Center of Gravity Height Analysis
In this Kineticorp research video, Neal Carter, Martin Randolph and Nathan Rose calculate the Center of Gravity Height Analysis of a large SUV. This analysis will aid in the reconstruction of roll over cases and other applicable instances.
“When we are analyzing a roll over case, for instance, that is the type of crash where we would use the center of gravity height analysis.” – Nathan Rose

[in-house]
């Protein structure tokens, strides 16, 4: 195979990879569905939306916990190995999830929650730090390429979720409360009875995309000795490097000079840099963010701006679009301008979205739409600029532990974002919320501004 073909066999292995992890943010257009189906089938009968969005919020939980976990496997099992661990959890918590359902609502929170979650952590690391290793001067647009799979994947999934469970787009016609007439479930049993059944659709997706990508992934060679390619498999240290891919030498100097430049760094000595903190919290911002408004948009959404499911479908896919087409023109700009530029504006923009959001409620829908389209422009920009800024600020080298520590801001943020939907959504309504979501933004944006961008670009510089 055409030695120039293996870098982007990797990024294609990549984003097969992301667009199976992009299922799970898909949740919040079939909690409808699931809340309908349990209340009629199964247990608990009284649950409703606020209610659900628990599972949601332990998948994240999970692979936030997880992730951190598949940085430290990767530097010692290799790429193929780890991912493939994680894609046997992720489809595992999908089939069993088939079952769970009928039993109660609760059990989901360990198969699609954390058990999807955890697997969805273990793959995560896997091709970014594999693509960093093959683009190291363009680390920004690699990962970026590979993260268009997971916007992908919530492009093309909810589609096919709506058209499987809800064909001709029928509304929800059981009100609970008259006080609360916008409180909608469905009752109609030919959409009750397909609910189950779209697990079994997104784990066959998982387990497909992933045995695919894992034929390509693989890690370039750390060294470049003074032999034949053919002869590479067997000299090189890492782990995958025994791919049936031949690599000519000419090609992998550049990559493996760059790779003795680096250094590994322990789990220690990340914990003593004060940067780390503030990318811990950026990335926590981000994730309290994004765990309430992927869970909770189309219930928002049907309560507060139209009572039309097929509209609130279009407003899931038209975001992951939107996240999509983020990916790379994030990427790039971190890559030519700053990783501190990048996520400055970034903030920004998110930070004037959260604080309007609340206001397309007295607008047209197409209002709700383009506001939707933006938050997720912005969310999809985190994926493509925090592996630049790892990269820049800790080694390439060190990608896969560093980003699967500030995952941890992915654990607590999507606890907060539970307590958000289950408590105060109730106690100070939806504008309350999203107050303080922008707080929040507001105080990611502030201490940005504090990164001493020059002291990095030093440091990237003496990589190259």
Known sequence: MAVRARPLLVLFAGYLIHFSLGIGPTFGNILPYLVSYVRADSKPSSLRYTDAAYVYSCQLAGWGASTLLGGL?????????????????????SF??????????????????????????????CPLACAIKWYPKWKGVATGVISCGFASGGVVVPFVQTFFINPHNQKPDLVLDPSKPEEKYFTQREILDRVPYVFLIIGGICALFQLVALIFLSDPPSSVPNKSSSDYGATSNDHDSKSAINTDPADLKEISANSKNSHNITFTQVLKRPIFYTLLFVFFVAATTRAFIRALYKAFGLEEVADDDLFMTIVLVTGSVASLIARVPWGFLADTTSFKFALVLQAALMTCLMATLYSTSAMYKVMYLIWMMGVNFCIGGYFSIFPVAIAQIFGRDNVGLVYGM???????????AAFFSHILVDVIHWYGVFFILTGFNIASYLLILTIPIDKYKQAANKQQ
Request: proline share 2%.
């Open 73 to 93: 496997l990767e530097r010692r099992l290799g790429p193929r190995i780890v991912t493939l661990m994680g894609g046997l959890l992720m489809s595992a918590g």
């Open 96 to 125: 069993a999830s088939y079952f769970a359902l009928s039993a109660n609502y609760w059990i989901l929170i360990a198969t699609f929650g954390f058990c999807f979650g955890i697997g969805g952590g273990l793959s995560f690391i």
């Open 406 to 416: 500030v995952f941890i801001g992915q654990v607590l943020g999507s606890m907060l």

Often times, when we need to know the center of gravity for a vehicle, it’s sufficient for us just to estimate that with equations or data from the literature. But, sometimes we get cases where we need to know it more precisely and in those cases we can do an experiment like this. So, today we have an exemplar vehicle and we are going to go through a procedure to determine where the center of gravity for this particular vehicle is. With this process we’re looking at how changing the angular orientation of the vehicle shifts weight. We are going to elevate the front end of the vehicle. When we do that, weight of the vehicle will shift to the back axle and from that weight shift we can calculate the center of gravity height. In this procedure, we’re using our 3D laser scanners to document the motion of the vehicle body in relationship to the vehicle suspension. As we elevate the front end of the vehicle, not only does weight shift, but the body also moves relative to the suspension and we need to quantify that in our procedure. We often need to know where the center of gravity of the vehicle is so that would be the center of gravity, where it is between the wheels, front to back and then also, the height of the center of gravity. And often times that’ll play into our analysis, if we’re doing a simulation especially, in terms of how the vehicle moves in response to driver steering inputs; where the center of gravity could play a role in that. When we are analyzing a rollover crash, for instance, that is the type of crash where we would use the center of gravity height in our analysis.